Why Solo Travel Is Good For The Soul

Nothing beats a moment alone, surrounded by beauty and innocence. A temporary fix that will surely influence you in the long-run.

Hey gents,

I’ve been drooling to write this post, squarely because the topic hits my heartstrings in a woo-woo sort of way.

Safe to say we live in a world filled with influencers (and world-class travelers alike) serving platters of wanderlust photos for days.

However, most travel bloggers have photographers, assistants, husbands, etc. behind every photo (guilty of it). Additionally, they’re usually with other people.

Honestly it’s getting a tad bit ridiculous, those un-attainable luxury shots in massive resorts and whatnot.

Generally speaking, we’re wired to believe that vacations are best spent with other people (which is valid to a certain degree).

We also carry this negative notion that being alone in public (movie theaters, fancy restaurants, soirées, you name it) screams loneliness. Which leads to an unhealthy obsession with social dynamics (AKA caring about what people think).

…and here’s where I plead my case. 

While family vacations and friendly getaways sound like the only viable options out there, traveling solo may actually offer more benefits than the latter two routes.

S E L F – D I S C O V E R Y
With our daily functions, there’s a tendency for mediocrity to infiltrate our identity. We make choices based on practicality, conformity and continuity. Our busy lives dictate our decision-making. Consequently we shed layers of our personality. Whenever I travel alone, I make decisions based on spontaneity. I’m able to recognize what I like and dislike, and find what my heart truly beats for. Navigating challenges somewhere new (solo) can also pull out the best in you!
S E L F – C O N F I D E N C E
The idea of solo travel sounds scary to many. One reason stems from believing that “going solo” in social areas is a sign of inferiority. Thankfully, solo travel pushed my comfort zone. It made me realize that people’s perceptions are simply perceptions -and nothing else. Once I started navigating new streets and cafes comfortably, I was able to enjoy my own company without caring what other people think. It’s a powerful feeling, knowing i’m able to function gracefully without friends constantly by my side.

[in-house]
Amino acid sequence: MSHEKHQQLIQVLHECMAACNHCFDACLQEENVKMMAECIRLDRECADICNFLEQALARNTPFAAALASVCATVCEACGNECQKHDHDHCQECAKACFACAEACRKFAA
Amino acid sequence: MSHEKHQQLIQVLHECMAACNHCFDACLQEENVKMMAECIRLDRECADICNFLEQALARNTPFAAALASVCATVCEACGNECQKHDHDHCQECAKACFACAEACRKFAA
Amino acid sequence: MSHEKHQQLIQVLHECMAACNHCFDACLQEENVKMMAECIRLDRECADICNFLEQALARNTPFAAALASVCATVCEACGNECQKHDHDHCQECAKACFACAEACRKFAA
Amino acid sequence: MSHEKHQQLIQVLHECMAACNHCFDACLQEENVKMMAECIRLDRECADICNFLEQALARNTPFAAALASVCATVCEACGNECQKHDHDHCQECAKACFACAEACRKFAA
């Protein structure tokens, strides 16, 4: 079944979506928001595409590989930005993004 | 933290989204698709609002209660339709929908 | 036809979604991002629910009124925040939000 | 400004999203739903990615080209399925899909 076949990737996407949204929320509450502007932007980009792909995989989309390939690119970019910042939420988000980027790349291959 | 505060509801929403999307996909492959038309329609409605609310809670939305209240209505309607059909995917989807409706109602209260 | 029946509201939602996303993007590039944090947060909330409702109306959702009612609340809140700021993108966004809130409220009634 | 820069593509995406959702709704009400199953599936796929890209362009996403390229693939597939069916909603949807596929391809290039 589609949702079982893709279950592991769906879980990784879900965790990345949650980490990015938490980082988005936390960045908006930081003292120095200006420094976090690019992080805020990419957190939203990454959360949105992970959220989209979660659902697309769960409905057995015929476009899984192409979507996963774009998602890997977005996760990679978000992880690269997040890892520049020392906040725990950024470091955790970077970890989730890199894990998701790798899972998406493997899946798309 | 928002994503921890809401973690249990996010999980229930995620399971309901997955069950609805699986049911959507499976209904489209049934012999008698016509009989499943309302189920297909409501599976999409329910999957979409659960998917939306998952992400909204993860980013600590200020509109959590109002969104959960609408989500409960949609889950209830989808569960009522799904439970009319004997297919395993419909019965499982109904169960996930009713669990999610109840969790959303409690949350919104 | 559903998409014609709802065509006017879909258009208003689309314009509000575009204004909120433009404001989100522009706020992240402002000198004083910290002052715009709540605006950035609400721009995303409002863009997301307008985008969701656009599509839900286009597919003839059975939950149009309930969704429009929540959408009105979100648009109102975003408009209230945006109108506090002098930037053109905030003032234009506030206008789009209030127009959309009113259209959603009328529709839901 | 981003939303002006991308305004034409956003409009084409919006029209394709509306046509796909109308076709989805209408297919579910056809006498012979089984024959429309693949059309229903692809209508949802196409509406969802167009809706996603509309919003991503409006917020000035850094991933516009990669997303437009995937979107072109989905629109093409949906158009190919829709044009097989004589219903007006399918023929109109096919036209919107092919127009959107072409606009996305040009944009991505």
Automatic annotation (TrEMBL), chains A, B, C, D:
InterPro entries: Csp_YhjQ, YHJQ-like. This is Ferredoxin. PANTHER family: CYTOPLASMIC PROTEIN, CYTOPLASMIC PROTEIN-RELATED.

S E L F – C L A R I T Y
From financial strains to relationships, we’re constantly cluttered with life’s demanding nature. Whenever i’m away, there’s a sense of freedom oozing from within. I can detach from so-called reality and narrate my destiny. Like a blank canvas, pending for paint. Strolling new spaces with wonder detoxifies the headspace. I also love the fact that i’m able to control every decision in the journey, without the need to appease or acknowledge someone’s itinerary. 
S E L F – A W A R E N E S S
I can’t speak for everyone, but I typically stay away from social media (media in general) when i’m traveling solo. I like the idea of anonymity. Exploring new cultures without distractions and familiarity. Acquiring this mindset as a solo traveler gives you the opportunity to live in the present wholeheartedly. It’s quite therapeutic, not having to capture every perfect moment. Because let’s be honest, mental memories are far more sentimental. 
S E L F – H E A L I N G
And lastly, prioritizing the heart. This natural remedy brings a different kind of peace. The kind that lets you hear your own thoughts in a satisfying way. Whether its people watching at some bougie bistro, or browsing a brand new bookshop abroad, I always find happiness because i’m able to constitute a magical plot of my own (like James in the Giant Peach). I”m able to reflect on the wonders of life full-force. Every travel destination fills a certain void in my heart.


I'm Ian, the writer behind CharlesTucket (a mix between Charleston & Nantucket, two of my favorite places). My hope is to inspire every man to live a wholesome & whimsical life, one quirk at a time.


"Be watchful, stand firm in the faith, act like men, be strong. Let all that you do be done in love." | 1 Corinthians 16:13-14


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